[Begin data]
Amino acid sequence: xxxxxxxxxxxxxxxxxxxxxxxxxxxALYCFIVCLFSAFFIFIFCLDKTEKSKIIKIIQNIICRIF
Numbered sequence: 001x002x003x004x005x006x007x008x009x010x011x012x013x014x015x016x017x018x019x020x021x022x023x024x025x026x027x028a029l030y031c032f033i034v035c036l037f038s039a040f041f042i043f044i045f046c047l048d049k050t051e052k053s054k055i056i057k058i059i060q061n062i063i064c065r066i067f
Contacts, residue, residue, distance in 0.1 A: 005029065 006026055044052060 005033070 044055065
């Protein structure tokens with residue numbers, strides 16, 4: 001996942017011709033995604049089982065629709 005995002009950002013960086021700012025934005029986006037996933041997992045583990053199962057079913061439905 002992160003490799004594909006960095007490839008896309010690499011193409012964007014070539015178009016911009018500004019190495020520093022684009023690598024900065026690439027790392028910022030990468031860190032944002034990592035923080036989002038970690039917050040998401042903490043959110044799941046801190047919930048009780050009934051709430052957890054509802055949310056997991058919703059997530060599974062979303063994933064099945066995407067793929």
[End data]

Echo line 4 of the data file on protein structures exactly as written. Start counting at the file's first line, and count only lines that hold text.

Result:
């Protein structure tokens with residue numbers, strides 16, 4: 001996942017011709033995604049089982065629709 005995002009950002013960086021700012025934005029986006037996933041997992045583990053199962057079913061439905 002992160003490799004594909006960095007490839008896309010690499011193409012964007014070539015178009016911009018500004019190495020520093022684009023690598024900065026690439027790392028910022030990468031860190032944002034990592035923080036989002038970690039917050040998401042903490043959110044799941046801190047919930048009780050009934051709430052957890054509802055949310056997991058919703059997530060599974062979303063994933064099945066995407067793929």